I would have expected these disadvantages to be obvious and annoying – especially if you feel the need for more thorough discussions. Sure, you can discuss a lot of things on blogs, and I am all for it. But a forum has a much better dynamic in the sense that everyone can not only comment on the threads started by others, but also start another thread in the same platform. It’s much harder to do something similar in a more or less disconnected set of blogs, or just a single blog.
We could go on to discuss the merits and problems of each possible discussion platform, but the real point is that forums are still quite unique in providing both good possibilities to structure content, and facilitate thorough and open discussions, which can finally also be referenced meaningfully.
My conclusion was and is that the futurist community – especially the community of futurists who deeply care about society as a whole – really need a good online forum. And that’s why I have made one even in spite of all the negative or missing reactions to the idea of making such a forum for futurists. A common argument was that there are already more than enough media fighting for the scarce resource of attention. That may be very true, but if one good platform can replace two or more mediocre discussion platforms, then its existence obviously is a gain for its users.
So, here it is: The Social Future Forum at http://radivis.com/sff
What can it do?
- It has five broad categories: issues, proposed solutions, theory, free area, and SFF governance. Each of which has several boards for a wide range of topics. This structure is intended to facilitate productive discussion of important topics while also providing some space for less sophisticated activity.
- You can register and log in via Facebook! Similar log in functionality with be added for Twitter and Google+, soon.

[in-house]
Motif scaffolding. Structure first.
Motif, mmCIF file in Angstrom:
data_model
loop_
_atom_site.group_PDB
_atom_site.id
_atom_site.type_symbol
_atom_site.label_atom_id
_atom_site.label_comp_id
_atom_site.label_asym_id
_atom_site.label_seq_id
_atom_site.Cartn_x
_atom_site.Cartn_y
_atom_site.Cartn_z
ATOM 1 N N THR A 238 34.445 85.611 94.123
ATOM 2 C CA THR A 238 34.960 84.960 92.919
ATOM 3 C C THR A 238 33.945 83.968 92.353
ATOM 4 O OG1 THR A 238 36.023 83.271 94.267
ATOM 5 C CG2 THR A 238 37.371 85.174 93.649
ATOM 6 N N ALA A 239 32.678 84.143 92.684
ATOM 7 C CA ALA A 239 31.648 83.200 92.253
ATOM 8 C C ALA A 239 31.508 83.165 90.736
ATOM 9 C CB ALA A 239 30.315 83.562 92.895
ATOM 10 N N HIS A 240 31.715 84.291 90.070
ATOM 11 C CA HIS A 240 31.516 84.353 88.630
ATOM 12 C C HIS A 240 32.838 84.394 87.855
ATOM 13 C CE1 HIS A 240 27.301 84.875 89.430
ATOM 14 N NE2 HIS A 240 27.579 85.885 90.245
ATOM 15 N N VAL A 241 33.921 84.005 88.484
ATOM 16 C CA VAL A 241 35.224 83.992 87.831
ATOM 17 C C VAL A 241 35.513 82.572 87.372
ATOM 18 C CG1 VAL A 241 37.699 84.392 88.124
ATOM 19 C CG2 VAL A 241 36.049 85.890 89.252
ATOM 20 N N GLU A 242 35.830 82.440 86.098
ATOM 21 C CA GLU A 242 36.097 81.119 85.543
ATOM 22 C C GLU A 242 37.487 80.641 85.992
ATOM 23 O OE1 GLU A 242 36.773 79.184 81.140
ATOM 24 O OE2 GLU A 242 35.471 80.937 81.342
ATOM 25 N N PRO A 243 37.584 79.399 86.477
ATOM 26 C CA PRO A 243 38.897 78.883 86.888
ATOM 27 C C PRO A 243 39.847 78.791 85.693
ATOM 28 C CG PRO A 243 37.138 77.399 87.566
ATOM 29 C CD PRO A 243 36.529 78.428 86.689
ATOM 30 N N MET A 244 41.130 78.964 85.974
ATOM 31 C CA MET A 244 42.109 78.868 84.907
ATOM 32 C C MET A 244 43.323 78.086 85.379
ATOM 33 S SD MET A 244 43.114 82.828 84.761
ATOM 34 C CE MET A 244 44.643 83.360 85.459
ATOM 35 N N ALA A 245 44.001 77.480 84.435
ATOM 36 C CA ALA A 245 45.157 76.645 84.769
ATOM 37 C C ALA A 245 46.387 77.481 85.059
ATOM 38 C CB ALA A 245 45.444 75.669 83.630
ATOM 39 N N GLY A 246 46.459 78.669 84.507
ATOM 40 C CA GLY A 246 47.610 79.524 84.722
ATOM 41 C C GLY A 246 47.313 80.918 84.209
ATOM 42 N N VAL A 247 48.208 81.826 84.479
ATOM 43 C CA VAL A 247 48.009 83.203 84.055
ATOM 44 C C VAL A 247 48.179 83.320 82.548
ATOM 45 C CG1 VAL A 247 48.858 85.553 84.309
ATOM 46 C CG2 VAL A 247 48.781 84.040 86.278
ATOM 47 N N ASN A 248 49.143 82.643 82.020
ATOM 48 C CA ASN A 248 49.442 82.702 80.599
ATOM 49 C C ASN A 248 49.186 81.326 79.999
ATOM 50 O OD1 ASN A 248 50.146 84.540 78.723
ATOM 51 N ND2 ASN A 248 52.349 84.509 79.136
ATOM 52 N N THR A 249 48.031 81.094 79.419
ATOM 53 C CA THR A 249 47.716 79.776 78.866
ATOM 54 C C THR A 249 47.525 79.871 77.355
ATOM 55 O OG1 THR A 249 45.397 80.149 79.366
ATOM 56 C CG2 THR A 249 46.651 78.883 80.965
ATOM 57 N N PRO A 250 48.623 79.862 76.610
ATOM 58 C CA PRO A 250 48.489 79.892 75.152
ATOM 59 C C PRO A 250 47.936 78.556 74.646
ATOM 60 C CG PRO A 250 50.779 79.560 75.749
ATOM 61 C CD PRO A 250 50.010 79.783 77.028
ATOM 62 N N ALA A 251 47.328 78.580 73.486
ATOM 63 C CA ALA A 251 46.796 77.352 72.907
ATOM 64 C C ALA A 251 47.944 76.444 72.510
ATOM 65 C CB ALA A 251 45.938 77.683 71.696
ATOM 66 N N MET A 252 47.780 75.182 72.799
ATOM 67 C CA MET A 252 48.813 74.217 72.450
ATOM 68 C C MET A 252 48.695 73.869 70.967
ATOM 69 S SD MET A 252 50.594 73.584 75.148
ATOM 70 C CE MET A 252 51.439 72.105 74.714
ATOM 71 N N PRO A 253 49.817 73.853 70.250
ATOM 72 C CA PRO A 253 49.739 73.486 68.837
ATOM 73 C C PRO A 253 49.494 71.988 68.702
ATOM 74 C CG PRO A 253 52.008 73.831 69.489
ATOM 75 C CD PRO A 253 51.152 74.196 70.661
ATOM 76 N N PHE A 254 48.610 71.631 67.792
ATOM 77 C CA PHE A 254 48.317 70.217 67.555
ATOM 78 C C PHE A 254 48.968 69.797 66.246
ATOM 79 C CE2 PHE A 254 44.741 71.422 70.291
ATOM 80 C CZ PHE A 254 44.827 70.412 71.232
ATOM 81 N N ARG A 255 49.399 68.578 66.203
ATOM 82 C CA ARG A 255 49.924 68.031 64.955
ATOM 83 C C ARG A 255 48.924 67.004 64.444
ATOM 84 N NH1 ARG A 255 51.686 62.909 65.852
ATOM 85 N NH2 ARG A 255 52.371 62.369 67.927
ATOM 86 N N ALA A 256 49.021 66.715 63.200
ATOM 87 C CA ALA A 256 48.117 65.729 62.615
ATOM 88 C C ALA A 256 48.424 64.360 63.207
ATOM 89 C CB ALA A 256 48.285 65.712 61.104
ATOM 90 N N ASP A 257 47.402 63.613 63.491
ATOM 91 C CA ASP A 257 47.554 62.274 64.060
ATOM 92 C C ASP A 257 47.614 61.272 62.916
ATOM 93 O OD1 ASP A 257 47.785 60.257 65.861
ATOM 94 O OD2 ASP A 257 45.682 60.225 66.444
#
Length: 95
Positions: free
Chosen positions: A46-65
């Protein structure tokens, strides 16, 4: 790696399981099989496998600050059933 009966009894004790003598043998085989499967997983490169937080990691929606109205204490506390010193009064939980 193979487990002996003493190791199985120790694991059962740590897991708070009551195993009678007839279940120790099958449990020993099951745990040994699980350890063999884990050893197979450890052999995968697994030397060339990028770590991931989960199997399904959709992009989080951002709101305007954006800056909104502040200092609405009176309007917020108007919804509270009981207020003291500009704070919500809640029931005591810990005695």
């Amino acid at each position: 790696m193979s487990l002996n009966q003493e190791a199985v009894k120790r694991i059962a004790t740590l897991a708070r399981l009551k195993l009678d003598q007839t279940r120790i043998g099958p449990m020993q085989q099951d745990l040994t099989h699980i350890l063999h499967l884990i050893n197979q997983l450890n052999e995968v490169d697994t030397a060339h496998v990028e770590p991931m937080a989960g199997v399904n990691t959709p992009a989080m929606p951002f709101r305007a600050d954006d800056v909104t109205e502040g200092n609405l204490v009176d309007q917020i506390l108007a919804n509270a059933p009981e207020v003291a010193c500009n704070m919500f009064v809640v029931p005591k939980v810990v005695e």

- There is a portal page that lists the latest activity.
- A shoutbox in the header of the forum can be used for intant-ish communication.
- You can like posts, as in Facebook. In principle, it would be easy to activate the Karma system of the forum, but I think that systems with downvotes can cause some problematic dynamics. So, you will have to come up with really good arguments in order to convince me to actually turn on the Karma!
- The forum has meaningful URLs. No garbage numbers or symbols that mess up all the URLs of forum threads.
- Threads can be shared on Facebook, Twitter, and Google+.
- Users can even activate a personal optional “wall“, just as in Facebook.
- Posts can be formatted with fancy BB code.
- There are hundreds of extensions which can be installed to provide even more functionality for the forum!
But wait, aren’t there already other futurist forums? Well, yes, but they don’t have this focus on actually solving the big social problems of our world in a realistic manner (friendly AI is an elusive and questionable deus ex machina – at the very least it won’t save us from the problems we are suffering from right now). Seriously, the SFF was created by me to be useful for exactly that purpose. Idle transhumanist talk won’t make the world a better place for many (or even any) people. Projects with positive social impact are what we need! And these projects would profit a lot from using a forum for conversaion, coordination, and collaboration.
Sign up to the SFF to improve everything! Share your great ideas, insights, plans, and projects! Participate in a wonderful community full of interesting people and great aspirations! 😀Share